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c.1400, "tube for projectiles," from Anglo-French canon, Old French canon (14c.), from Italian cannone "large tube, barrel," augmentative of Latin canna "reed, tube" (see cane (n.)). Meaning "large ordnance piece," the main modern sense, is from 1520s. Spelling not differentiated from canon till c.1800. Cannon fodder (1891) translates German kanonenfutter (cf. Shakespeare's food for powder in "I Hen. IV").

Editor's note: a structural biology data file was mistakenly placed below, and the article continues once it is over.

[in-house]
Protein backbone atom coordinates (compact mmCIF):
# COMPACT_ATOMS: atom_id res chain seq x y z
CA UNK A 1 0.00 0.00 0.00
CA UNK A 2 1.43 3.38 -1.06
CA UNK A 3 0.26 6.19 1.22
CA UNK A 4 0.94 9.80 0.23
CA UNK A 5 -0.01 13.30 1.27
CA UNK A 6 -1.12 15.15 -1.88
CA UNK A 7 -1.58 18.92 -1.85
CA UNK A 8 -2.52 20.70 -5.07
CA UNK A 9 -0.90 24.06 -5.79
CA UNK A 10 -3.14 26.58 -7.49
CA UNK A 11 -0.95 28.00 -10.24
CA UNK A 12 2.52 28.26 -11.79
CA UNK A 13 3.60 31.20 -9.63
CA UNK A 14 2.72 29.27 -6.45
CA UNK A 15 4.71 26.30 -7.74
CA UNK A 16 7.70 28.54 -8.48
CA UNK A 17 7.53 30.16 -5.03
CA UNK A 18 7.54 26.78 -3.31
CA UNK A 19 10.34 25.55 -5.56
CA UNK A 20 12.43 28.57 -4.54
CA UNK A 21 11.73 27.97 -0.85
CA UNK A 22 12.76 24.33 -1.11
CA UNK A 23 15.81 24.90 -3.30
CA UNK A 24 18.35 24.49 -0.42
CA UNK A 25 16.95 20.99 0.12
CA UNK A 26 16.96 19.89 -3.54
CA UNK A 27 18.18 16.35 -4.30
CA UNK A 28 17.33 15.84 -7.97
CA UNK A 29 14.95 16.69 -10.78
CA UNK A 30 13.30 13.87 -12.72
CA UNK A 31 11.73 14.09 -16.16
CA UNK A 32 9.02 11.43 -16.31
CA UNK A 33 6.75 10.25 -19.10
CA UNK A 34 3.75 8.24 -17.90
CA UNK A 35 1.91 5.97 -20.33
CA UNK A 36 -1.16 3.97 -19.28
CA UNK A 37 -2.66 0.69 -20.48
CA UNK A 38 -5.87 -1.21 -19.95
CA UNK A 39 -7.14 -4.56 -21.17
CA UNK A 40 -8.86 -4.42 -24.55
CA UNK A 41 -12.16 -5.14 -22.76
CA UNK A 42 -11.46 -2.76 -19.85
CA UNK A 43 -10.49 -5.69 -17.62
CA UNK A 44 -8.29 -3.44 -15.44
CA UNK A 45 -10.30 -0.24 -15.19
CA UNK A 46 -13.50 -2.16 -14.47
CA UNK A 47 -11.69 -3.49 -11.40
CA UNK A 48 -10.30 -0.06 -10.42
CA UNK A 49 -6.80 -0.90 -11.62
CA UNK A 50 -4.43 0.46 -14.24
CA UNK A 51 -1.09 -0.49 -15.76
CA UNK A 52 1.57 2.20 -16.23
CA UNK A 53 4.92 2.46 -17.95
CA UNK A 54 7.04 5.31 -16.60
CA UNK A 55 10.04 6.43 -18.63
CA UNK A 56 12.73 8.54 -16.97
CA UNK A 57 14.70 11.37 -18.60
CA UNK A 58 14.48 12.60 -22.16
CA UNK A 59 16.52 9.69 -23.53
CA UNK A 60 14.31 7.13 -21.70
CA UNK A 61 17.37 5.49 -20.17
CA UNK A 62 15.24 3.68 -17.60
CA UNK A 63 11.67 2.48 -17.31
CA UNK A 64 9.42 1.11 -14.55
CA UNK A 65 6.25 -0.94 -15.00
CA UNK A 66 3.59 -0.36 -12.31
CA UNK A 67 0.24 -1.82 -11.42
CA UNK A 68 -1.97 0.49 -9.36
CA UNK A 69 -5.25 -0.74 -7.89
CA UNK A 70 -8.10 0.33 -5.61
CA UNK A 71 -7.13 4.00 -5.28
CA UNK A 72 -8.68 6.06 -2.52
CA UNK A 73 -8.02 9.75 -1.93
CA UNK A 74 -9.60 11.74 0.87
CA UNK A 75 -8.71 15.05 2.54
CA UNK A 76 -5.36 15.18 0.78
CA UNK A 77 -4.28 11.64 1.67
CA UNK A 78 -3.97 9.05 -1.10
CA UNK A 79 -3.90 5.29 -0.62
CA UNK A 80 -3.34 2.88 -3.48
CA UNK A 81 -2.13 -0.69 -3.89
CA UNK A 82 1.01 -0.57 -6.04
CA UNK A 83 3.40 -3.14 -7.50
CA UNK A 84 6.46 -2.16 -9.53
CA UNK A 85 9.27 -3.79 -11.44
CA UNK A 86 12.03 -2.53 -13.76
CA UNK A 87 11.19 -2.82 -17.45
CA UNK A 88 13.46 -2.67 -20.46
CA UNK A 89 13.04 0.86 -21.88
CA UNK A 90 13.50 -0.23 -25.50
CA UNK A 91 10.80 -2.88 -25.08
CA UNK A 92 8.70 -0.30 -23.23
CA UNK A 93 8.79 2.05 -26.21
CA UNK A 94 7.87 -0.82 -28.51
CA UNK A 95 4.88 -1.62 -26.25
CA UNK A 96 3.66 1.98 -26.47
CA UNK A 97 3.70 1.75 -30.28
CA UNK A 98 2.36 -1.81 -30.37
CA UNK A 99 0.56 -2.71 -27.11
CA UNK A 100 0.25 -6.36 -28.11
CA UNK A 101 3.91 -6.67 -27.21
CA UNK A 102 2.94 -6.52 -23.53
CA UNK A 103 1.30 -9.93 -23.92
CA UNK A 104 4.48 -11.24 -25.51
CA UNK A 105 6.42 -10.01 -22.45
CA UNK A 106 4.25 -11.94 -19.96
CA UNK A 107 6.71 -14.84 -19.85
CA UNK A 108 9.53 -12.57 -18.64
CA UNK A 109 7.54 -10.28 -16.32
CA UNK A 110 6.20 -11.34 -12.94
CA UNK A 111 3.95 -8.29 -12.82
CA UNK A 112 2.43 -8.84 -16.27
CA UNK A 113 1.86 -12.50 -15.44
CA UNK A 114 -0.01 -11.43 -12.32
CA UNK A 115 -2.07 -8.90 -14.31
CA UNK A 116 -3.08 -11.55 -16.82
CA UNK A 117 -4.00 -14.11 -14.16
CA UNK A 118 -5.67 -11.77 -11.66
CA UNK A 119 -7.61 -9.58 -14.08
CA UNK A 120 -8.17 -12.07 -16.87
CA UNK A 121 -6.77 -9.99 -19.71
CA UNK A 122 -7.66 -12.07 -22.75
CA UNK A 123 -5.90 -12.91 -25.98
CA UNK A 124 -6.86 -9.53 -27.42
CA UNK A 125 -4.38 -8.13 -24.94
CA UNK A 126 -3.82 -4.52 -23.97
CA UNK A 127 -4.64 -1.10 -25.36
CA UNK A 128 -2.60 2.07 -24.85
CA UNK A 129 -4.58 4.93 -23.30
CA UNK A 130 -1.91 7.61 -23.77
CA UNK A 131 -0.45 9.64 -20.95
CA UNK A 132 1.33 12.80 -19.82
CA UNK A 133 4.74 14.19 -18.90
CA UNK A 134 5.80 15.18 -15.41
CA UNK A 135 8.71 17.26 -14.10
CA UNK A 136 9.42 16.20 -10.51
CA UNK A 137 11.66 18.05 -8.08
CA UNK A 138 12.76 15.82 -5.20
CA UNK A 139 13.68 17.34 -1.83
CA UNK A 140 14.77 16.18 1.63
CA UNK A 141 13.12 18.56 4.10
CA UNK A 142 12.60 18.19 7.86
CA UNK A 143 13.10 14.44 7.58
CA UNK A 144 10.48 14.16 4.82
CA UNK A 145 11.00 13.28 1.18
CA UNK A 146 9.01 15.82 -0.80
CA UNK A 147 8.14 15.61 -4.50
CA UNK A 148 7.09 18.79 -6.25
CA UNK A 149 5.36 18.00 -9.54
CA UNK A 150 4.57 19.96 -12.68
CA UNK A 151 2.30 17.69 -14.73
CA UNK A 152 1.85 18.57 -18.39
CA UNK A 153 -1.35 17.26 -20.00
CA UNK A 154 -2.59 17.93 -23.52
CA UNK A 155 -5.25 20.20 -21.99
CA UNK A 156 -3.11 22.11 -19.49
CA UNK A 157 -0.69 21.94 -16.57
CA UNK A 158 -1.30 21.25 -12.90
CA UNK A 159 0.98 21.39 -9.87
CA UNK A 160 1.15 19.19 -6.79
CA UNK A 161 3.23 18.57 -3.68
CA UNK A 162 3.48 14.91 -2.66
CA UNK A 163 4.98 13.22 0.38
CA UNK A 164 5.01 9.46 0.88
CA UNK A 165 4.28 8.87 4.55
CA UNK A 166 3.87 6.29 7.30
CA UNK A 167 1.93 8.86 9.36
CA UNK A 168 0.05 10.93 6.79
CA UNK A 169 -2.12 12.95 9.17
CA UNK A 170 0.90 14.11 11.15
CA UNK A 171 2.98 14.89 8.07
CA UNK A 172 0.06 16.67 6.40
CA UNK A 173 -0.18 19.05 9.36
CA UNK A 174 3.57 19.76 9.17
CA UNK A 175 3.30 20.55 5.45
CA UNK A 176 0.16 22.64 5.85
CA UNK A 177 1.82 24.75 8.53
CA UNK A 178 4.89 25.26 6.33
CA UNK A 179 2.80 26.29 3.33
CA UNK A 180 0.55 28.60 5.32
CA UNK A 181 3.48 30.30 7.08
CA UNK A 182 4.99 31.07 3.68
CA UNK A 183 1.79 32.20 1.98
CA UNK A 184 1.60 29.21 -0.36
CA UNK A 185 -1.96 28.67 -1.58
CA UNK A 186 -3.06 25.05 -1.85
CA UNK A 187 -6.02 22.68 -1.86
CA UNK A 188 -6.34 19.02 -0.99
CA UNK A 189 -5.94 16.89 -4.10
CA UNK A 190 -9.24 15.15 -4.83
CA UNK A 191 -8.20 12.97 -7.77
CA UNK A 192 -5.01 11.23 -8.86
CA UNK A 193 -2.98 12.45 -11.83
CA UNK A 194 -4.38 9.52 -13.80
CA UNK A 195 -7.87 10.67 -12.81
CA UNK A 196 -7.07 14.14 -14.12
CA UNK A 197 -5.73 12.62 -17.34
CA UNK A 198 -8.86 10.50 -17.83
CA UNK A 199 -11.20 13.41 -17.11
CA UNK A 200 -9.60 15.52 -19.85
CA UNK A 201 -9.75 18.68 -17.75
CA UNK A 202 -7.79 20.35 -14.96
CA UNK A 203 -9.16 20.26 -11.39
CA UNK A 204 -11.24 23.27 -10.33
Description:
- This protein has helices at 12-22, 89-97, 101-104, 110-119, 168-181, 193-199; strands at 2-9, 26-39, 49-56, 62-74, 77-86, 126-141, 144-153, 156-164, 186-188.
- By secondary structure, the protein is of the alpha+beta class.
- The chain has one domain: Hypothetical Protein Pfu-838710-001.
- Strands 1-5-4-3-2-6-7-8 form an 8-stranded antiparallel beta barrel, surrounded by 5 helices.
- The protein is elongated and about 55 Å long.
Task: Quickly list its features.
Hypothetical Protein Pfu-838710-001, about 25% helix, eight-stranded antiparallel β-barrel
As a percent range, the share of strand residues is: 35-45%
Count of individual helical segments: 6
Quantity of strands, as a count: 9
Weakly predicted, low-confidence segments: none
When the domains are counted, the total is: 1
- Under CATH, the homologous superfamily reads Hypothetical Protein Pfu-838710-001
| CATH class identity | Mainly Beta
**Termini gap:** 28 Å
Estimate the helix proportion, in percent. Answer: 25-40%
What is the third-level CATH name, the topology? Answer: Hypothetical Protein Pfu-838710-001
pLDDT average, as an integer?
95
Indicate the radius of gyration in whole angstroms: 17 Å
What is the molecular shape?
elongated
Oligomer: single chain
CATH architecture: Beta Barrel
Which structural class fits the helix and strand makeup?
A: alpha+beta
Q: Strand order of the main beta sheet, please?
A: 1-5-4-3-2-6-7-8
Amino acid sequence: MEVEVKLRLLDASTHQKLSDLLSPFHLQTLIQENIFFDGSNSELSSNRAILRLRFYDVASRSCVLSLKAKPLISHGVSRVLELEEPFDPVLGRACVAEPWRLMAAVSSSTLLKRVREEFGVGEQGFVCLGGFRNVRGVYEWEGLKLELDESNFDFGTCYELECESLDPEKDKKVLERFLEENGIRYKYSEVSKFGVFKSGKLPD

A professional thief, esp a pickpocket: grand larceny, when a cannon lifts a wallet from a pocketverb
: You're too small to cannon the street-cars
[1910+ Underworld; based on gun, ''thief,'' fr Yiddish gonif]